"When procedures are in place and the meeting is well-chaired, you can put some safeguards and mitigate ourselves," Councilor Andrew Plowman said. Plowman also said people need to be able to accept the outcomes of issues, even if they lost, and move on.

"This is politics. That is part of the process," Plowman said.

The hope had been to complete a strategic plan during the retreat, but time ran out before it was finished. However, the group was able to start on the plan.

"There needs to be an overall plan and the council needs to prioritize," Interim City Administrator Mike McGuire said.

While several plans have been completed and presented to the council, including a park plan, there isn't an overall strategy of what projects need to be done first and how to fund them.

"We did this a year ago and we got exactly to this and we couldn't move. We have had this inability to go off our plans and implement," Mueske said.


There were philosophical differences on the council over how to build Willmar. Councilor Ron Christianson said the city's business tax base needs to grow first, which will bring people to town who will help fund park projects and the like. Alvarado, on the other hand, said the city needs to have amenities available which will attract people and businesses to Willmar.

"It is the chicken and the egg thing," McGuire said.

Even with those differences, the retreat facilitators felt there was plenty to work with.

"I think we have a lot of common ideas here. Now it's how do you move forward," Scheerer said.

"This discussion was not chaotic," Weinstein added.

Staff, administration and council were given different tasks to complete a strategic plan. This includes putting together costs, reasons why a project should be completed and a timeline for major initiatives and projects.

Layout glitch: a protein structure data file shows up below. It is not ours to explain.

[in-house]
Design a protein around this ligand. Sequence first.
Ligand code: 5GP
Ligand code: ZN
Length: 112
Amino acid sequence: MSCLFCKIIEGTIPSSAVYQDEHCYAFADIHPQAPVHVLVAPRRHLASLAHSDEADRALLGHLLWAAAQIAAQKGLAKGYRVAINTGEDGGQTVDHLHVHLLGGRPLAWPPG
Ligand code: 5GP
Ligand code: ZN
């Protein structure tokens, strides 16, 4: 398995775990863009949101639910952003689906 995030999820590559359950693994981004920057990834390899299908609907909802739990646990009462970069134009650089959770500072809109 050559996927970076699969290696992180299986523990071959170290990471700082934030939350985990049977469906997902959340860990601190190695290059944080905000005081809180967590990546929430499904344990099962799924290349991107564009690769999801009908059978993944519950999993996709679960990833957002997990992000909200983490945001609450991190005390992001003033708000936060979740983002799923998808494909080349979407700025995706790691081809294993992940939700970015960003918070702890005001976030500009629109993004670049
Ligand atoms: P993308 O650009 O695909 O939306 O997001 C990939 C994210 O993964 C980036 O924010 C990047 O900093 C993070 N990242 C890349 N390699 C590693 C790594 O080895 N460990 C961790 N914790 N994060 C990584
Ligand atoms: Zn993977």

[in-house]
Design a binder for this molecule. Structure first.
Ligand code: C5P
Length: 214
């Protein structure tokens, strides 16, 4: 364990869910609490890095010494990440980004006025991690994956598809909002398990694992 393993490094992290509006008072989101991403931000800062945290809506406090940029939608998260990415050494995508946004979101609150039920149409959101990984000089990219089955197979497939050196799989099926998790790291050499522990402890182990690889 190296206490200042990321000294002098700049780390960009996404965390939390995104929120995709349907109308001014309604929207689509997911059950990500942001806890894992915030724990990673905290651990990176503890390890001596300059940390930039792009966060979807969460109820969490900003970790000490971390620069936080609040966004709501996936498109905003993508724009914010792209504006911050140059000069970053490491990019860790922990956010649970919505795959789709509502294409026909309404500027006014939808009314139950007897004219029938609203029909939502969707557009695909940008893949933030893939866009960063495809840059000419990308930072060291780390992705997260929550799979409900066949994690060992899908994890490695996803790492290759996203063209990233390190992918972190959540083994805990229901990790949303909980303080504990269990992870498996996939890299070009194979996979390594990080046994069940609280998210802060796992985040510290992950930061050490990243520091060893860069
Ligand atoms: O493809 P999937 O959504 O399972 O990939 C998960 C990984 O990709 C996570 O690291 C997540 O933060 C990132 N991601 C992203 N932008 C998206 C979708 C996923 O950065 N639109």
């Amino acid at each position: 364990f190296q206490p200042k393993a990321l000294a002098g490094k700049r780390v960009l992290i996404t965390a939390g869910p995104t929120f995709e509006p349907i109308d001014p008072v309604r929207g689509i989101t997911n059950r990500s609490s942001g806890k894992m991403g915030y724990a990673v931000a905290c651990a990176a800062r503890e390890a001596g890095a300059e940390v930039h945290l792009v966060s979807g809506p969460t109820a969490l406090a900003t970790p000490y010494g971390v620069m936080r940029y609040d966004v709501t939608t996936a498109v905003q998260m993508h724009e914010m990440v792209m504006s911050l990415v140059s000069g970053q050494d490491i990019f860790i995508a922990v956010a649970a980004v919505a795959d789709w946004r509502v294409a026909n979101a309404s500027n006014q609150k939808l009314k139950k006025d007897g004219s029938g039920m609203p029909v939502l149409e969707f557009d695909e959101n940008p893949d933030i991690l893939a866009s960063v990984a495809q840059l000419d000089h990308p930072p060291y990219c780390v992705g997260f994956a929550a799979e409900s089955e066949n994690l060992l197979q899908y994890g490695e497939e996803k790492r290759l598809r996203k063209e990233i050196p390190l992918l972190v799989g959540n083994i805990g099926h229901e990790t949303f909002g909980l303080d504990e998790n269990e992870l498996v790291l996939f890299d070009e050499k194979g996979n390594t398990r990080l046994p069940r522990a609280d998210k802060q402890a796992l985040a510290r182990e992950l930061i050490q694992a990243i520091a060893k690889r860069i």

"I see all the right ingredients, the catalyst is to see if we can find the right recipe," Plowman said.

While not all the work was completed over the two days, and several staff and council members admitted to some skepticism about the process, by the end of Saturday, many had good things to say.


"We've come out of it with better direction than we've had in the past," said Bruce Peterson, Planning and Development director.

"I think we took some measured steps in a direction. I think we're well on our way and further along than what is indicated on paper," said Sean Christensen, Public Works director.

There was also indication that the group would like to continue these types of meetings or retreats more than just once a year.

"I like the process you've drug us through. I appreciate hearing from everyone here," Christianson said.

What happens next, and whether the forward progress continues, will depend on the council and city staff.

"The city of Willmar depends on us," Calvin said.

Martin Scheerer, left, and Charles Weinstein from Ethical Leaders in Action facilitated the Willmar City Council retreat. Here they go through project and council priorities to be discussed and possibly added to the strategic plan. (Shelby Lindrud / Tribune)

Shelby Lindrud is a reporter with the West Central Tribune of Willmar. Her focus areas are arts and entertainment, agriculture, features writing and the Kandiyohi County Board.

She can be reached via email or direct 320-214-4373.